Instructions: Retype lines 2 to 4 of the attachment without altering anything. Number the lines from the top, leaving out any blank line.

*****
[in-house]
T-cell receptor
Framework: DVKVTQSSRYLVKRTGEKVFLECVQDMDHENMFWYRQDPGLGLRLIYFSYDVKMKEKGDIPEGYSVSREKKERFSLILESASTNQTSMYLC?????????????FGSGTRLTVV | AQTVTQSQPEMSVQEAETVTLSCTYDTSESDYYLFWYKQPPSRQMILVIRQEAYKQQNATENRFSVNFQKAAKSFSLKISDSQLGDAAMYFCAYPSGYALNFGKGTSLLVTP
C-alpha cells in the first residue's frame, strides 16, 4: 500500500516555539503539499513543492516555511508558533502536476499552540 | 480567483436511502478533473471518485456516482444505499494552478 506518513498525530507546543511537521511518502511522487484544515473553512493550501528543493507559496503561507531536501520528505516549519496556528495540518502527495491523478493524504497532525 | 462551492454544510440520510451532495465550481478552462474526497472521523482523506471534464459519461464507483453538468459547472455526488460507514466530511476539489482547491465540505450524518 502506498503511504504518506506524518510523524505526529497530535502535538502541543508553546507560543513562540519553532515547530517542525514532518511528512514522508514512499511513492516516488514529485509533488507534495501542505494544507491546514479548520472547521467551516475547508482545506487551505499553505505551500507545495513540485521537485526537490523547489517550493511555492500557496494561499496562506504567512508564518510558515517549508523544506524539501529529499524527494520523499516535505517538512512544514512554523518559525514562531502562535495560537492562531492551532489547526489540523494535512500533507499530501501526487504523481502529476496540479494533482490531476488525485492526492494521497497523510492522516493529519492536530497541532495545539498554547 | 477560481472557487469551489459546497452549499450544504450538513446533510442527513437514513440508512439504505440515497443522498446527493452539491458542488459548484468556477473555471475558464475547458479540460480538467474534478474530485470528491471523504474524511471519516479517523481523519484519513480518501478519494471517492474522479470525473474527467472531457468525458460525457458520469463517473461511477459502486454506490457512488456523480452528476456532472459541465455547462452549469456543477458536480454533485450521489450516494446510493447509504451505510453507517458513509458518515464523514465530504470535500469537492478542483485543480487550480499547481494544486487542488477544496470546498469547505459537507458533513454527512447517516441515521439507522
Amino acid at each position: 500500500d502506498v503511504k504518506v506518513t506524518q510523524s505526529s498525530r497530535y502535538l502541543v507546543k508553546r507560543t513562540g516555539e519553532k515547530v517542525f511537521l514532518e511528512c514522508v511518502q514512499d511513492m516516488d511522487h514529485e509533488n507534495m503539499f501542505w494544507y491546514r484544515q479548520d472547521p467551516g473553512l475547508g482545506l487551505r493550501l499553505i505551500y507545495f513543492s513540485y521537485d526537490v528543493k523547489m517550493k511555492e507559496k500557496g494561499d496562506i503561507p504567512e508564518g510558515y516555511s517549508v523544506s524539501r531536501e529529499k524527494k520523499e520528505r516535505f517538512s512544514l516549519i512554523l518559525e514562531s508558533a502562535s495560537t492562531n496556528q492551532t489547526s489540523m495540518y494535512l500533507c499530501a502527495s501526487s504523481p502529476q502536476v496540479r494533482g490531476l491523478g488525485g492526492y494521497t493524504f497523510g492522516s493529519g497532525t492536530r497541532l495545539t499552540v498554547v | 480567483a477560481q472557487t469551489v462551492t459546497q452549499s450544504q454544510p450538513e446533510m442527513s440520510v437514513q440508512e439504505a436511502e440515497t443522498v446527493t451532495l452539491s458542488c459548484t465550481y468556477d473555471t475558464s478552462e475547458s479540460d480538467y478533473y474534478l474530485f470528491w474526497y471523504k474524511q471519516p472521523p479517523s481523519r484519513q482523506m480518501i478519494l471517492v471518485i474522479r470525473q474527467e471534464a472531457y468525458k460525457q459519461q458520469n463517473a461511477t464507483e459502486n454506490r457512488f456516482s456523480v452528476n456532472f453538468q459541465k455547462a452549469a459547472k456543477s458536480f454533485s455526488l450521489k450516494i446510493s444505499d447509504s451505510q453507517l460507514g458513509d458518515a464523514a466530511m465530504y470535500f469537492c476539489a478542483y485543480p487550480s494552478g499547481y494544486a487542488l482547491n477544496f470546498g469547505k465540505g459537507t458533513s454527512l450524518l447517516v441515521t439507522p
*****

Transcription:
T-cell receptor
Framework: DVKVTQSSRYLVKRTGEKVFLECVQDMDHENMFWYRQDPGLGLRLIYFSYDVKMKEKGDIPEGYSVSREKKERFSLILESASTNQTSMYLC?????????????FGSGTRLTVV | AQTVTQSQPEMSVQEAETVTLSCTYDTSESDYYLFWYKQPPSRQMILVIRQEAYKQQNATENRFSVNFQKAAKSFSLKISDSQLGDAAMYFCAYPSGYALNFGKGTSLLVTP
C-alpha cells in the first residue's frame, strides 16, 4: 500500500516555539503539499513543492516555511508558533502536476499552540 | 480567483436511502478533473471518485456516482444505499494552478 506518513498525530507546543511537521511518502511522487484544515473553512493550501528543493507559496503561507531536501520528505516549519496556528495540518502527495491523478493524504497532525 | 462551492454544510440520510451532495465550481478552462474526497472521523482523506471534464459519461464507483453538468459547472455526488460507514466530511476539489482547491465540505450524518 502506498503511504504518506506524518510523524505526529497530535502535538502541543508553546507560543513562540519553532515547530517542525514532518511528512514522508514512499511513492516516488514529485509533488507534495501542505494544507491546514479548520472547521467551516475547508482545506487551505499553505505551500507545495513540485521537485526537490523547489517550493511555492500557496494561499496562506504567512508564518510558515517549508523544506524539501529529499524527494520523499516535505517538512512544514512554523518559525514562531502562535495560537492562531492551532489547526489540523494535512500533507499530501501526487504523481502529476496540479494533482490531476488525485492526492494521497497523510492522516493529519492536530497541532495545539498554547 | 477560481472557487469551489459546497452549499450544504450538513446533510442527513437514513440508512439504505440515497443522498446527493452539491458542488459548484468556477473555471475558464475547458479540460480538467474534478474530485470528491471523504474524511471519516479517523481523519484519513480518501478519494471517492474522479470525473474527467472531457468525458460525457458520469463517473461511477459502486454506490457512488456523480452528476456532472459541465455547462452549469456543477458536480454533485450521489450516494446510493447509504451505510453507517458513509458518515464523514465530504470535500469537492478542483485543480487550480499547481494544486487542488477544496470546498469547505459537507458533513454527512447517516441515521439507522